On “Running Behind”: My Side

imagesIn a word, it sucks.

Absolutely nothing ruins my work day more  than getting deeper and deeper into my schedule and falling further and further behind. And, it seems, nothing angers patients more than waiting–except for maybe feeling rushed.

See the problem?

When I was fresh out of residency, I joined a group of old men (not being disparaging but they were literally OLD and MALE.)  One was retiring and I was “chosen” to fill his shoes.

On my first day, his nurse explained that Dr. B would often “take breaks.” As in literally sit down between patients at his desk and read the paper. He just “needed some time. ” Nevermind that at the time of these breaks he had a waiting room full of people–some of whom would wait for 1-2 hours or more to see him. “Make ‘em wait” he advised. “Then, they think you are really somebody.”

Thank God, after 4 years, I clearly did not have “what it takes” and ultimately was let go. Apparently, running to stay on time and apologizing profusely to patients was not appreciated. But, that is for another story.

I want to tell you about this past Friday.

It was one of the worst work days I have had–EVER.  I never once took a break to eat, drink,  or pee, much less “read the paper.”

What in God’s name went wrong?

It was my first Friday in my glorious, new and highly organized for maximum efficiency office.

I arrived 30 minutes before my first patient.

By lunch time, I was exactly ONE HOUR behind. That means I walked in to my poor 11:45 patient at 12:45.

Here is what I think happened to me that day and happens to most doctors on many days.

It is not one “emergency” that ruins the morning for most of us. It is a series of small things…many small things. Like: a couple of patients that are five minutes late for their fifteen minute visit. They lament “but I have waited HOURS for her!” So, of course, they are seen–cutting into the next patient’s time.

Next, there is the “my office screwed up” patient. That is someone who arrives for an appointment that is not in the system. How do I turn someone away who promptly produces a reminder card penned by one of my receptionists?

How about the “walk in?” Not long ago, a patient of mine called from her cell phone as she was literally driving by because she could not read the street signs. Thank God she pulled in safely only for us to tell her she was most likely having a stroke. 911 was called, the patient was stabilized, her family was notified and….you guessed it, I was an hour behind.

How about the patient scheduled simply for “diarrhea” that really had a slew of symptoms, the least important of which was the loose bowels?  He was scheduled for 15 minutes but needed 35.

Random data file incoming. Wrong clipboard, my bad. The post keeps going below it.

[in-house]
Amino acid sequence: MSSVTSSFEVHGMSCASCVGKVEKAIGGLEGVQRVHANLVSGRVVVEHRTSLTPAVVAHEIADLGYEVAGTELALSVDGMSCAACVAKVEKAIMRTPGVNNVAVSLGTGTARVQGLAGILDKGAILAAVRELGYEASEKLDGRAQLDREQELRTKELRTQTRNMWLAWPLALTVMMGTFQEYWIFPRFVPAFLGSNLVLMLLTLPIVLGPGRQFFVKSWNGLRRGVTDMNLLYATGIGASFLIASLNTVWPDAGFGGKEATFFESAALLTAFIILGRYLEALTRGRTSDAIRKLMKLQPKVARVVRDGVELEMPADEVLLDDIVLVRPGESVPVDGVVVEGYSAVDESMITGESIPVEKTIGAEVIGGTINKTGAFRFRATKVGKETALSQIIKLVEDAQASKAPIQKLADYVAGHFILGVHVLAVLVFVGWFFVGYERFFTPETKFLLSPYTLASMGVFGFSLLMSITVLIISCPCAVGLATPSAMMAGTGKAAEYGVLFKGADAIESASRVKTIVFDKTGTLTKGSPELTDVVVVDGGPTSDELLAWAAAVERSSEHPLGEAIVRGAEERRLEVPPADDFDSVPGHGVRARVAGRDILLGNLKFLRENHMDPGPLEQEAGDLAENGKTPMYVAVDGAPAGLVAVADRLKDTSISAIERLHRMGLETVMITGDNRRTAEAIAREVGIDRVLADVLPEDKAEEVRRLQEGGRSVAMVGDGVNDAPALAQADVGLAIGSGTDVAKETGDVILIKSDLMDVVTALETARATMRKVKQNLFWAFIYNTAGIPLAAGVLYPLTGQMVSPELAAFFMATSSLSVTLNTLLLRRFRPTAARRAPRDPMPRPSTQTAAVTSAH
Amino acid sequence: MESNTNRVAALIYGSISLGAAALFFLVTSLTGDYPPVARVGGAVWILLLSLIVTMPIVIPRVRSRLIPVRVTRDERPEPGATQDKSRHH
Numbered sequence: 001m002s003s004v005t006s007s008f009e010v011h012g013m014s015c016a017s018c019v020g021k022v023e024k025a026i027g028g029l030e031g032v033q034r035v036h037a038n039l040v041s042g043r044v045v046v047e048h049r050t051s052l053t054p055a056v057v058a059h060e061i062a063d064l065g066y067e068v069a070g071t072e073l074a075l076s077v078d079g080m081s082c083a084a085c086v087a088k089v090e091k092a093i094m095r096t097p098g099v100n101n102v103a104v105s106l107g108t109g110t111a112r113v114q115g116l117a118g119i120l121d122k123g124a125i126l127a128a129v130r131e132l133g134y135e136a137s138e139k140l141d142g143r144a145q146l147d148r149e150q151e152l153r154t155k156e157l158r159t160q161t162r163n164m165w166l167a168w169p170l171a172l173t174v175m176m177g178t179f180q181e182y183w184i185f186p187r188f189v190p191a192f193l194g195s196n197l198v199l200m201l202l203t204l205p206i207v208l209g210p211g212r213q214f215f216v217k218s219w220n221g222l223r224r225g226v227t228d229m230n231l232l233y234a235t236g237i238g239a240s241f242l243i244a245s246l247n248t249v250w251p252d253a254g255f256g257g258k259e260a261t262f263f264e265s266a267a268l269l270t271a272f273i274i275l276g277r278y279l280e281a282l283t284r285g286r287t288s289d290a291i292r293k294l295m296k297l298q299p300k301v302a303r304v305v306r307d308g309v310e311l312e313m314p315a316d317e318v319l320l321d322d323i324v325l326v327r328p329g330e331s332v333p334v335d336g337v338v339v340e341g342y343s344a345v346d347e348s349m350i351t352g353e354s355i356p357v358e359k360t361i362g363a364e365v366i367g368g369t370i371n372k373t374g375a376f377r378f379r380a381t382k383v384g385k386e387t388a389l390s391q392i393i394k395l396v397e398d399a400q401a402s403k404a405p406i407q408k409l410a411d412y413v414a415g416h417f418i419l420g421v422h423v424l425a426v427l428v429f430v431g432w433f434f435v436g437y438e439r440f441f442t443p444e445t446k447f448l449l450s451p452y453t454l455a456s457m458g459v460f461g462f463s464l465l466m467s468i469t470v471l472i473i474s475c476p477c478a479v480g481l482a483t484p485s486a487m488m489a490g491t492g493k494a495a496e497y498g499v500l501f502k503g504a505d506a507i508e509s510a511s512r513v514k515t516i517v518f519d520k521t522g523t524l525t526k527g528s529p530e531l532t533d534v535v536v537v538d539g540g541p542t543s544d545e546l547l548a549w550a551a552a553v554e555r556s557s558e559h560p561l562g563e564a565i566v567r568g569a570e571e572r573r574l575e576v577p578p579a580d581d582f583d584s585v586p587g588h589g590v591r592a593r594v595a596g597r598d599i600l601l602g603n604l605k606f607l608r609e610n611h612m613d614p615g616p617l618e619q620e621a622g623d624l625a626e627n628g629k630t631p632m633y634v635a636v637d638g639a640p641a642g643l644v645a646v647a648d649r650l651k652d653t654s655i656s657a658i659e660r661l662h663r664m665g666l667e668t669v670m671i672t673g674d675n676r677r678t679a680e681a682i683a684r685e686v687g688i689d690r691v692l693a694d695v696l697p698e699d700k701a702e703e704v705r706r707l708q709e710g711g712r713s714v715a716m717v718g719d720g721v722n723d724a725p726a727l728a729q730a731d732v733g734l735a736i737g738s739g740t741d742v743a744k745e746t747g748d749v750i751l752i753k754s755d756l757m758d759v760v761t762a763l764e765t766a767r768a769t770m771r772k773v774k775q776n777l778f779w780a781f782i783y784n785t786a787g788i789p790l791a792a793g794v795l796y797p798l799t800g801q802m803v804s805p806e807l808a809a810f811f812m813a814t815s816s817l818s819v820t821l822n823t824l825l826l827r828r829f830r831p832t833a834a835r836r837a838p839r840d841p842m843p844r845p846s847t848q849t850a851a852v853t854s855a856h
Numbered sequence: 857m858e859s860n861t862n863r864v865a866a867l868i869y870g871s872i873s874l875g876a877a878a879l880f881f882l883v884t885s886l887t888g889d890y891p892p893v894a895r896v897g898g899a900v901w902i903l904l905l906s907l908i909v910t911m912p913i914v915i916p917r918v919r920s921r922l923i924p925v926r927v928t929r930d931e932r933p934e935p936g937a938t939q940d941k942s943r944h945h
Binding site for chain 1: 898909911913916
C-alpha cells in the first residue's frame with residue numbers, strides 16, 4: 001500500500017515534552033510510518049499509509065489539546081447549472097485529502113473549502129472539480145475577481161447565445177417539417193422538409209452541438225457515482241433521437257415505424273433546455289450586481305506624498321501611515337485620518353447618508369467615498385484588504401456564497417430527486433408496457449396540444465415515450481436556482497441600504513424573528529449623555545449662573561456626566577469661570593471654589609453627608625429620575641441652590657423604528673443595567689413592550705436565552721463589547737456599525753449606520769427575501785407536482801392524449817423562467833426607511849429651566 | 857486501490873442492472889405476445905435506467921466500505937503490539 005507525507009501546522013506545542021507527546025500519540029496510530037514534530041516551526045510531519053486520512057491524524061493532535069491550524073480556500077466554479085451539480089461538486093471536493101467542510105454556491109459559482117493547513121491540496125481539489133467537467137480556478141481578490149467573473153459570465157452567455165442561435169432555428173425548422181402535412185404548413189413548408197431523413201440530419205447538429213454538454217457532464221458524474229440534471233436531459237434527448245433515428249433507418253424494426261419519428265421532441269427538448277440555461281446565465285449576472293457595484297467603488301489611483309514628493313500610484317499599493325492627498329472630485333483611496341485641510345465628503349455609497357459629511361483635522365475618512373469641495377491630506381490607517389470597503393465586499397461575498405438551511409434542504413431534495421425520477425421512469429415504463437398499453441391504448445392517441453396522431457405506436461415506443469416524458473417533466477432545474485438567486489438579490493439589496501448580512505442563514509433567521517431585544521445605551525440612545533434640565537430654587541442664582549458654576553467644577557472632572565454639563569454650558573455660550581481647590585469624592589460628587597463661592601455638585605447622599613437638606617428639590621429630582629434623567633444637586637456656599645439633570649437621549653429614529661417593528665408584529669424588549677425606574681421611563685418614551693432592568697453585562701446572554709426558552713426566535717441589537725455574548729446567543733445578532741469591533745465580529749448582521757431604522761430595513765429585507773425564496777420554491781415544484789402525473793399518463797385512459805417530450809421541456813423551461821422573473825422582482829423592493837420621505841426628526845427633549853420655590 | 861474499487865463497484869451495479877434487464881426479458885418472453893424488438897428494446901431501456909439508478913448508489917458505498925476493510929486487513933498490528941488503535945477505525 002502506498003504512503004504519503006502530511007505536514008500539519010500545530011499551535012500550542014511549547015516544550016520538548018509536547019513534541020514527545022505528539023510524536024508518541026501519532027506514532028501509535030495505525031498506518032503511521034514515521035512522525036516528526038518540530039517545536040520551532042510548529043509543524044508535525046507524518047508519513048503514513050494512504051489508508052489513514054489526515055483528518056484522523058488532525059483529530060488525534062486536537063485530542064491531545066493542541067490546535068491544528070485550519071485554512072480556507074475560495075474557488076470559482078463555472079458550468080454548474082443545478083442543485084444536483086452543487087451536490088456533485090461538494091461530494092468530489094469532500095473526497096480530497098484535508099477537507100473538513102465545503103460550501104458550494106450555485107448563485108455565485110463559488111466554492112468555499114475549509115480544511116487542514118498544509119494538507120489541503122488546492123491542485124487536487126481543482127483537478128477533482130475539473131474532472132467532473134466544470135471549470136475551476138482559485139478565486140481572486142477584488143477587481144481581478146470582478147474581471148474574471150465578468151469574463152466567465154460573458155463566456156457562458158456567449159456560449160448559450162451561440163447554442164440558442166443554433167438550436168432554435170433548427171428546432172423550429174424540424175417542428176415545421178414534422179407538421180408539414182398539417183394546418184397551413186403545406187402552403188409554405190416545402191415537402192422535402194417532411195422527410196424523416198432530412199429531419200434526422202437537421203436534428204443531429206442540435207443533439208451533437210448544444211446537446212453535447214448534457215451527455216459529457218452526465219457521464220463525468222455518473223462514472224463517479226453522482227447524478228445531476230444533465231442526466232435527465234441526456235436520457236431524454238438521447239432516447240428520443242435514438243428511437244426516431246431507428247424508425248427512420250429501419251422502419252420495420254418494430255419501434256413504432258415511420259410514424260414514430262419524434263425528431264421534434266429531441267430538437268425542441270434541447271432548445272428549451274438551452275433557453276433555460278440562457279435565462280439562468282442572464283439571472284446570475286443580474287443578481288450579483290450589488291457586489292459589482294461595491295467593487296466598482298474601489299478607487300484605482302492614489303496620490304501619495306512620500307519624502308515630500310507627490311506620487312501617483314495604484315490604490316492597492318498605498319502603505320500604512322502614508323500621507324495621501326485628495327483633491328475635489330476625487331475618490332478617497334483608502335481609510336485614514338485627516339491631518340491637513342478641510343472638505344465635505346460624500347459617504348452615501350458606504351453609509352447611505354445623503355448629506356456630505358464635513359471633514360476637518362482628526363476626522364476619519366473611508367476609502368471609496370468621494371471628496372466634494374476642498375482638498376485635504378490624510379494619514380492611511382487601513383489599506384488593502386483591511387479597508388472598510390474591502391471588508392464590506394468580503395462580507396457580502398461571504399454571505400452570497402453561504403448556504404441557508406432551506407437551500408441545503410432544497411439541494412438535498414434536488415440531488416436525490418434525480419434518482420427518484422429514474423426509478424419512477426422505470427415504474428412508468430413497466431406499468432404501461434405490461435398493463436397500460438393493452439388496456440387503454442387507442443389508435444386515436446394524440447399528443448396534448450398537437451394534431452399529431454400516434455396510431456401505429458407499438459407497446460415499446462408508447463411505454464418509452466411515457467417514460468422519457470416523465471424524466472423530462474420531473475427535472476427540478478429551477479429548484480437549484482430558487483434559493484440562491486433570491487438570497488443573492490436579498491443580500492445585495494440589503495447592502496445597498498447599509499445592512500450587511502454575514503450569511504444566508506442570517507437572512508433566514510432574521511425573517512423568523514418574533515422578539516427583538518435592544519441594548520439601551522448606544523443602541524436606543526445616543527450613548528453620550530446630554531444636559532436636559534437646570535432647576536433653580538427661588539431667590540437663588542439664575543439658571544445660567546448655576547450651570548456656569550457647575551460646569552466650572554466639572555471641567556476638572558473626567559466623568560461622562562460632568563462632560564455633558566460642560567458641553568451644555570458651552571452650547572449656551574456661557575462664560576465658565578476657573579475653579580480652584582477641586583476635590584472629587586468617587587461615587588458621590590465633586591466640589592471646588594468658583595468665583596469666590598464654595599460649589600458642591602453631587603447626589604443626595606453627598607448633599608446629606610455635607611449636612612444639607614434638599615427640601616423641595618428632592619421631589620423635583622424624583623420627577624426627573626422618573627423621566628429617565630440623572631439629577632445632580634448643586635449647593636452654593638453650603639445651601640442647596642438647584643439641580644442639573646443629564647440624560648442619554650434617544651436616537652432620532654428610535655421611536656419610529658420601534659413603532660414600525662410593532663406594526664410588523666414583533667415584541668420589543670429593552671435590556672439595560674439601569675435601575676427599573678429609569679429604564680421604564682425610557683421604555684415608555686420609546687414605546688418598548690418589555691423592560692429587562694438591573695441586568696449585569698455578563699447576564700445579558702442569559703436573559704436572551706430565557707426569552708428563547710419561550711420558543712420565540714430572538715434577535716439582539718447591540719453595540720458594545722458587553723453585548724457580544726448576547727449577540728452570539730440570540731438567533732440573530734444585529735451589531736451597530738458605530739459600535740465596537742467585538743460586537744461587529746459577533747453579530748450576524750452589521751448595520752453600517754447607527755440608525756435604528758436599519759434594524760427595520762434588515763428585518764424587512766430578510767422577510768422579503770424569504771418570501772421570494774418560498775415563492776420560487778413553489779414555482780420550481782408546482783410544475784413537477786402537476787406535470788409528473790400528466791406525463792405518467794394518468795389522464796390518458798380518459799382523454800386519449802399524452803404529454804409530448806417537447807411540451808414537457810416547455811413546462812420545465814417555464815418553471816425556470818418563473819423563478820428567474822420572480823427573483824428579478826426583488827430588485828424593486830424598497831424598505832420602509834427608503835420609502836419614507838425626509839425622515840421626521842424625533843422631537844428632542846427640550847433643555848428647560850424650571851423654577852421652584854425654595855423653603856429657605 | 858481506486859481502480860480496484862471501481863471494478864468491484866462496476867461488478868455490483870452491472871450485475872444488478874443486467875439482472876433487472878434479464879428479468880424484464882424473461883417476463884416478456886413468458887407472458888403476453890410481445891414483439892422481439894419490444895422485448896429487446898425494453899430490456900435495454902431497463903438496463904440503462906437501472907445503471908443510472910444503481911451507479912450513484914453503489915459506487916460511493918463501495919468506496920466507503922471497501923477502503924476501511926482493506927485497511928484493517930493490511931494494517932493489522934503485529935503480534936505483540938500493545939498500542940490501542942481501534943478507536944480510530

On this particular day, even the patients that normally do not take more than seven minutes, thus helping me recover, were complex. A simple urinary tract infection was stalled for 20 minutes because of the inability to obtain a specimen.

From there, I enter into a quick “recheck blood pressure” appointment to find my patient sobbing uncontrollably.  I pulled up a seat. Literally 30 minutes later, I felt comfortable enough that my patient was consoled enough for me to move on.

It’s not only patients that cry. On Friday, I saw a LONG time patient of mine who travels quite the distance to see me. He mentioned a blog post I wrote about my kids fighting and got teary as he recounted his own similar story. I scurried out of that room only to spend 10 minutes composing myself and removing a trail of mascara from my face.

Invariably, there is the “Doctor So-and So is on line 6. He asked me to interrupt you.”  I am sorry my doctor friends, but let’s be real. When you insist on pulling another doc out of a room, how often is it for a “life or death” situation? I dare say, that most times, it is just easier to do that than to play phone tag. Guess who pays for that interruption? Yep. My patient who had an appointment time an hour ago.

This day was further complicated by a photographer who was there to shoot promotional pics for our contractor. He was to be there for thirty minutes. He was there for three hours. Meanwhile, several of my exam rooms were off limits while he was shooting and my staff was shooed out of the way for “one more shot.” I even got corralled into posing for a photo in my waiting room. The same waiting room that was FULL of patients waiting to see me. Some had been there an hour. I. Wanted. To. Die.